With the M4A1 and the M3 Stuart, both stopped during their rounds to fire off their main armament a few times, both of which were pretty cool to observe. I only have clear shots of the M4A1 when it did this, unfortunately.
After this demonstration, I went back to wandering around the museum, admiring various neat things. For instance, the Flying Heritage Collection has a captured V-2 Rocket, a Messerschmitt 163 B ‘Komet’, and the Scaled Composites Model 318 ‘White Knight’ that was part of the Spaceship One project and X Prize.
I also came across this M55 while wandering about.
Around this point, I knew that The Chieftain’s lecture was going to be starting soon, so I headed over in that direction and got to see his lecture. I was fairly disappointed by the lack of attention this got, with no video crew to tape the lecture, which was quite good. I don’t know if anyone had taped it unofficially, but I haven’t found anything on YouTube yet. At any rate, being an amateur historian, it was great to have an opportunity to personally attend a lecture on one of my favorite subjects, that being tanks. I could not try to replicate the lecture, but I hope he has a copy somewhere. After the speech, he signed autographs and chatted with fans. I got in line, but aside from my notebook, I had nothing for him to sign besides my copy of Infantry Attacks by Erwin Rommel (which I had brought with me on the train for reading material). So I had him sign that, to which he had a chuckle. I also got to ask him a few, brief questions:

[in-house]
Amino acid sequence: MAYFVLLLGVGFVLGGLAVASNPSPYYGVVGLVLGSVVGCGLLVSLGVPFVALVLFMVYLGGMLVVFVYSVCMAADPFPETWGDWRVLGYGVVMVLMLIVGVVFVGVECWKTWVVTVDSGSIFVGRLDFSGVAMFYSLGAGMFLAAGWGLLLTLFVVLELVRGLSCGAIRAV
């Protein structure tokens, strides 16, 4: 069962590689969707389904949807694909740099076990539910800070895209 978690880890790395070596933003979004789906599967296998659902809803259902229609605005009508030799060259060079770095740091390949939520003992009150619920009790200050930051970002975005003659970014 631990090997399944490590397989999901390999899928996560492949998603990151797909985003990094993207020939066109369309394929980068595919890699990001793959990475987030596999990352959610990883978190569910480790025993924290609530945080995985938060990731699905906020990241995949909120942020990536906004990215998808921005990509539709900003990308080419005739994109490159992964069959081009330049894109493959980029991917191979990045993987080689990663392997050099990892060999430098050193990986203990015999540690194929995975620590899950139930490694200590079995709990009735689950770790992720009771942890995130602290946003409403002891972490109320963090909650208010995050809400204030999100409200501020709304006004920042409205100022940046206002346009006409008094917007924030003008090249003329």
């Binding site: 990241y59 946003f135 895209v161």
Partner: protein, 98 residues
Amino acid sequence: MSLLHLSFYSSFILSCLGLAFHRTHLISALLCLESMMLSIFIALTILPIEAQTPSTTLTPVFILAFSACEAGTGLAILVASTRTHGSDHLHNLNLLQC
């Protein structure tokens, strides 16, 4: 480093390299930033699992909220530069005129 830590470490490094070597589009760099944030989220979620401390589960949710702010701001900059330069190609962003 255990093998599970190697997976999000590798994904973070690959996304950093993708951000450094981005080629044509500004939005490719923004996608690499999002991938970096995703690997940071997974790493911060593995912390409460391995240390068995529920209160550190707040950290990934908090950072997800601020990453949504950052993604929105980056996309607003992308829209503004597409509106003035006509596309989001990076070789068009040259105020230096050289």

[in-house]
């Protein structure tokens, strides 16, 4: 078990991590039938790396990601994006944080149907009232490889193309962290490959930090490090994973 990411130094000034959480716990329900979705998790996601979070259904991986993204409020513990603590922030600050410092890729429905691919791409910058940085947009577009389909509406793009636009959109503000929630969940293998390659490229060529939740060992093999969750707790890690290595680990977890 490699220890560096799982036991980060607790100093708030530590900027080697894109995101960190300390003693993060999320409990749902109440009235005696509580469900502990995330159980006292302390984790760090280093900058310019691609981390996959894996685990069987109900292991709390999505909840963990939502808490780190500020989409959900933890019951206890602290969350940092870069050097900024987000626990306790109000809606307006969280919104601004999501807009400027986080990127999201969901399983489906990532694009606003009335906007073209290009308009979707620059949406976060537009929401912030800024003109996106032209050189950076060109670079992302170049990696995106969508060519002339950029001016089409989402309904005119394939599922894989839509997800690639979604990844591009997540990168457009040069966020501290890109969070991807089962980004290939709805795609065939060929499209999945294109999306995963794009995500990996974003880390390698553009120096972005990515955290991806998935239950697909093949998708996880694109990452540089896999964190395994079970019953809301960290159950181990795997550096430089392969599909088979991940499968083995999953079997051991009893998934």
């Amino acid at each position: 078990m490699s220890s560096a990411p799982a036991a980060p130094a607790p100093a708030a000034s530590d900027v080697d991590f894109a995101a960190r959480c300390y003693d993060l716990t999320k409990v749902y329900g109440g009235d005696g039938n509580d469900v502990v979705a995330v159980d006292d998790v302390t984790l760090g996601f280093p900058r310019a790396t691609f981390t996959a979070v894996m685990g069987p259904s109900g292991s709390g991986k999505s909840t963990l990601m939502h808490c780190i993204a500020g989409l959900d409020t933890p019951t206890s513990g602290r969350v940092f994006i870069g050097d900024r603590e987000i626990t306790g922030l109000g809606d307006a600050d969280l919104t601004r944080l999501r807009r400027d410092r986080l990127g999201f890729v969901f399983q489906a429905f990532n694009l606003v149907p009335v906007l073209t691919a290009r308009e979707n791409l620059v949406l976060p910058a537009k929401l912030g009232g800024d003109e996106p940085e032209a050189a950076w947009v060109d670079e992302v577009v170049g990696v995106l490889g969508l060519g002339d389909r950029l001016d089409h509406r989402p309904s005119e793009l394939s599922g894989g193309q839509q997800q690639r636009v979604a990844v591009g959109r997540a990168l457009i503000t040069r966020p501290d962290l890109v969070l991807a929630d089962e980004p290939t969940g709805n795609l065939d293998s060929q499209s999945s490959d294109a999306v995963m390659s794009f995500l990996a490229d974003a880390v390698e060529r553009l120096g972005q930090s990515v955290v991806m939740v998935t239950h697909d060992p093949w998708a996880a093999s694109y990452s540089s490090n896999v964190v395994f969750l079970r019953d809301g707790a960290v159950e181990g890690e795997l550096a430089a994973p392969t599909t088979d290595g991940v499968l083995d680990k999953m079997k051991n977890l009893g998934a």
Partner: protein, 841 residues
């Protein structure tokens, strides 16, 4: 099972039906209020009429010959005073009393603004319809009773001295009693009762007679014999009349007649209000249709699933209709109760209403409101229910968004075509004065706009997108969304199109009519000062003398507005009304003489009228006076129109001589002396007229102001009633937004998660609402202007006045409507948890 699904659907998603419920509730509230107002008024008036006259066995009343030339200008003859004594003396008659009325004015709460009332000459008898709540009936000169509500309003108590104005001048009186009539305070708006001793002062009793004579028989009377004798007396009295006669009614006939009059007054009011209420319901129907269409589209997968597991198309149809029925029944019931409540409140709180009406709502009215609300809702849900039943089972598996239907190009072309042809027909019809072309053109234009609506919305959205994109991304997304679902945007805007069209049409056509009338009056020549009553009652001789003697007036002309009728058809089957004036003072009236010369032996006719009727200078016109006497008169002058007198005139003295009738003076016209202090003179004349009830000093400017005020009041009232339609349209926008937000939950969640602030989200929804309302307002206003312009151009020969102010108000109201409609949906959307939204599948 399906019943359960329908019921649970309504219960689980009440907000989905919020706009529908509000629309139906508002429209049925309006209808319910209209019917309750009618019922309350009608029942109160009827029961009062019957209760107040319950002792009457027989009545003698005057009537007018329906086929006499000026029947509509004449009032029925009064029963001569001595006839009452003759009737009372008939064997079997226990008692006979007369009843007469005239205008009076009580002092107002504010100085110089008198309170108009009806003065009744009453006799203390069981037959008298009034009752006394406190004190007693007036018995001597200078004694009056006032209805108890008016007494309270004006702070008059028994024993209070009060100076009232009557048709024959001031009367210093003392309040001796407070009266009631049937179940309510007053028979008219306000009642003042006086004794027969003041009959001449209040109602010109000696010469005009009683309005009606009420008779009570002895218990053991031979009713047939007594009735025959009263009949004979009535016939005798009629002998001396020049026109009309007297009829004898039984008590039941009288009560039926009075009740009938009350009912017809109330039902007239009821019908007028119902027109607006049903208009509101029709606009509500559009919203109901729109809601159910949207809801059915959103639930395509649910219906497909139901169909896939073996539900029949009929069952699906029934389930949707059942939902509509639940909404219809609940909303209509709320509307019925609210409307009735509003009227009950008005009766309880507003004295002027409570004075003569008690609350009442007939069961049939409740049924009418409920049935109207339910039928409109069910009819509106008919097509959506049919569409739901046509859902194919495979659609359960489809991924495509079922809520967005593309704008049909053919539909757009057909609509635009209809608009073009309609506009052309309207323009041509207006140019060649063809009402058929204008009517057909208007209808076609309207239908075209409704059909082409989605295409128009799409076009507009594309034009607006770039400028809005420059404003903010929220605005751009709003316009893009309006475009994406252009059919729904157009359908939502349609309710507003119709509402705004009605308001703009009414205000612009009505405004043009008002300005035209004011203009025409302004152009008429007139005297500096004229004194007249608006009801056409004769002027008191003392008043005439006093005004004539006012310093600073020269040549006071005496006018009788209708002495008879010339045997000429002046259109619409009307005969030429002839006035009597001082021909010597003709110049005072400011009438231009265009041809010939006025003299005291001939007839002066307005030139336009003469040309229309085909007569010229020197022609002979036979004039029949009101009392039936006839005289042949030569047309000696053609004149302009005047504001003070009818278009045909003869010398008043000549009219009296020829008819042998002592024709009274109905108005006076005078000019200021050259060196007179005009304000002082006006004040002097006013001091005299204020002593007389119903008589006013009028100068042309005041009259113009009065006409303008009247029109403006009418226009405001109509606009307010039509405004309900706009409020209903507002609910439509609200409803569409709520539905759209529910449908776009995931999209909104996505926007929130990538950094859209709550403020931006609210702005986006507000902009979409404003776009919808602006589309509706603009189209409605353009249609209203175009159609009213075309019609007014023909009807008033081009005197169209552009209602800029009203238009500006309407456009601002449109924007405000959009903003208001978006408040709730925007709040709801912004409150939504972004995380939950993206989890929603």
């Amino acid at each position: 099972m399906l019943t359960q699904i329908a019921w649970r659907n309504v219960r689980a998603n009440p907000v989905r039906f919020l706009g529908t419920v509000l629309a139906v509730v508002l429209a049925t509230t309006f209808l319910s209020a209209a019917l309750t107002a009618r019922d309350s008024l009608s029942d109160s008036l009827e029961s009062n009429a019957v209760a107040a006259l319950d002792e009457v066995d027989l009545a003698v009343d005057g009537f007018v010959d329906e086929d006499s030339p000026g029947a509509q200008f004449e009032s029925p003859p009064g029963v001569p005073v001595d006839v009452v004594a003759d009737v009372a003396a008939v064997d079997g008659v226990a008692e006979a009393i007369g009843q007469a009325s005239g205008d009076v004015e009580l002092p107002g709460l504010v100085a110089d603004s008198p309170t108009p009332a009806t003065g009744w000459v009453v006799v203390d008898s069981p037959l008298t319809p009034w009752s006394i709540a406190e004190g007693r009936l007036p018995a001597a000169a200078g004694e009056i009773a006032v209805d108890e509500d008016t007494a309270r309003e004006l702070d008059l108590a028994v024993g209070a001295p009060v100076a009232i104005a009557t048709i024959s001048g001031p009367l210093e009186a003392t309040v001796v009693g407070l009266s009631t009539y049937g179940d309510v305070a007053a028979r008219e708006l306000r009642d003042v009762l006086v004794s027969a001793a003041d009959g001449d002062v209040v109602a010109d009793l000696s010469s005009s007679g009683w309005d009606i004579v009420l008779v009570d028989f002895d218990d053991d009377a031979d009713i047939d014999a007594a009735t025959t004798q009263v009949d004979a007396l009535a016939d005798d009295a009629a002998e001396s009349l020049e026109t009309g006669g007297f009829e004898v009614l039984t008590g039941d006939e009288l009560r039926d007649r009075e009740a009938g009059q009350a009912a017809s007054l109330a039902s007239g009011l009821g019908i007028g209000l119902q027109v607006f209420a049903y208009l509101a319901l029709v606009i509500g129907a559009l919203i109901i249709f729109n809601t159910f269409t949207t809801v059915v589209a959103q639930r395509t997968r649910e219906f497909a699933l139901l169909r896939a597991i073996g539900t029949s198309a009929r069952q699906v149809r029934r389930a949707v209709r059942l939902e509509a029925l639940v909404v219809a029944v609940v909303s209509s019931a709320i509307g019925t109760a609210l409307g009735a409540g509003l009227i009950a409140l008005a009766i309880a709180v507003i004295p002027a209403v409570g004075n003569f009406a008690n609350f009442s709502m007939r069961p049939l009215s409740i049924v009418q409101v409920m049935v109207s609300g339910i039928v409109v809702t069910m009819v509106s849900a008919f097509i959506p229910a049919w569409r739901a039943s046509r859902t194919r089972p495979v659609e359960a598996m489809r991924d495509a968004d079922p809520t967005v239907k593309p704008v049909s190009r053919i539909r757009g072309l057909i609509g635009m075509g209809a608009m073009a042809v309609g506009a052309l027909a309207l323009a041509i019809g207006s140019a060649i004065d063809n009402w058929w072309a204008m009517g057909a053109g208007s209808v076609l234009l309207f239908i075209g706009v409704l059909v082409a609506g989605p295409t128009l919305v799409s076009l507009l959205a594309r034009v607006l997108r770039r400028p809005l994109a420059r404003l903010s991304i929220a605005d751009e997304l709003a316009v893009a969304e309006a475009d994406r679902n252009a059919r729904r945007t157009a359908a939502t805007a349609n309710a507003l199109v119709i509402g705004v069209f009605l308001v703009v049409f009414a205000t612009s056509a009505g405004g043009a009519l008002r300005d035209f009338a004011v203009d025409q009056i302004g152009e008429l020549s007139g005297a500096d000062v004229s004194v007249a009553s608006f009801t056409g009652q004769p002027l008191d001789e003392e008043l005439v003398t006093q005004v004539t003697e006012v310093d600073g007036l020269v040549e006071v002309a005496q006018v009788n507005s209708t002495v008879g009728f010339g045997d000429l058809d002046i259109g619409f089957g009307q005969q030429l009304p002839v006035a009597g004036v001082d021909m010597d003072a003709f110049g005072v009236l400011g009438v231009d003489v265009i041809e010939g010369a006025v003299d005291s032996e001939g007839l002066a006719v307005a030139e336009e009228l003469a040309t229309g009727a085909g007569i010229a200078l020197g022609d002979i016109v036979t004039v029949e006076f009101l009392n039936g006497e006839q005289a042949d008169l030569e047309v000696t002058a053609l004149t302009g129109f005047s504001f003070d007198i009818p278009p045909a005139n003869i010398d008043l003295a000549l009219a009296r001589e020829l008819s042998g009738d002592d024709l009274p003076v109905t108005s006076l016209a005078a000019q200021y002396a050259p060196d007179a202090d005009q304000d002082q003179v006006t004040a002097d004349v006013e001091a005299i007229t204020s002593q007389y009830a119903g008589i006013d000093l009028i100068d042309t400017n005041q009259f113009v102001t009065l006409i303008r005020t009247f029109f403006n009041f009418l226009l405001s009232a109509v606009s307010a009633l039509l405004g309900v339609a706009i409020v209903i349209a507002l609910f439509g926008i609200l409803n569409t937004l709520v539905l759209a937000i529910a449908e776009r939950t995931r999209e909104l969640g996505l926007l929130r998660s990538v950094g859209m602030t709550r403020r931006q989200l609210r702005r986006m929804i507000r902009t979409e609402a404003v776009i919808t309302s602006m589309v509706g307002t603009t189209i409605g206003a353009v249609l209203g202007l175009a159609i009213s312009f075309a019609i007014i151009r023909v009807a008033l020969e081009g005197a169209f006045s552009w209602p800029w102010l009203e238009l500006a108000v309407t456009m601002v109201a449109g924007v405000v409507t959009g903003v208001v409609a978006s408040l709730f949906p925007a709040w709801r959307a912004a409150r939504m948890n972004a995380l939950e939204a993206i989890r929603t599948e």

- Has no books out currently, though he implied he’s been trying to get one or more published.
- Most people don’t realize that he hasn’t been able to do more research on tanks lately, due to a perceived lack of interest in his work at the National Archives.
- Research is time consuming, because many of the archives are not really organized or collated, so it can become expensive to spend time doing that, especially when he doesn’t get a lot of views or support from fans.
- He told us the next video of ‘The Chieftan’s Hatch’ was going to be about the Littlefield Collection’s Panther (which is somewhat old news now).
Overall, it was great to meet him in person. He was very friendly and I hope that next year I get the opportunity to meet with him again and ask more questions.
My only sticking point is that I had my World of Tanks name added (one of the perks of going up and meeting him in person) to a list of people to get a wee-bit of gold, but I never got mine… bummer.
Overall, the entire event was an absolute blast and I look forward to going again next year. I was surprised by the general lack of Wargaming’s presence, aside from The Chieftain being present and the presence of some computers set up to play World of Tanks. I would have thought they might leap at the opportunity to help promote their product more with one of their demographic groups, but there was more of a presence made by the WoT clan I’m part of, Pacific Northwest (PNW), than Wargaming itself. Given that the event had nearly double the people there this year as last, and more people who came to see The Chieftain’s presentation, they really missed out on an opportunity to connect with gamers and potential new players alike. Hopefully, they won’t make the same mistake again and we’ll see next year’s Tankfest NorthWest be even more successful.
If you ever have the chance, I recommend you go and get to experience it for yourself. While it may not have the pedigree and prestige associated with Tankfest in the UK, it’s a great way for us Yanks across the pond to get a taste of tank awesomeness for ourselves.
At this point, I’d like to thank Sarah Hickson de Salazar for providing all the wonderful color images in this article, and I’d also like to thank my brother, David, for using and sharing his precious Soviet surplus film to take photos at Tankfest NorthWest. They get all the credit for how nice the images turned out.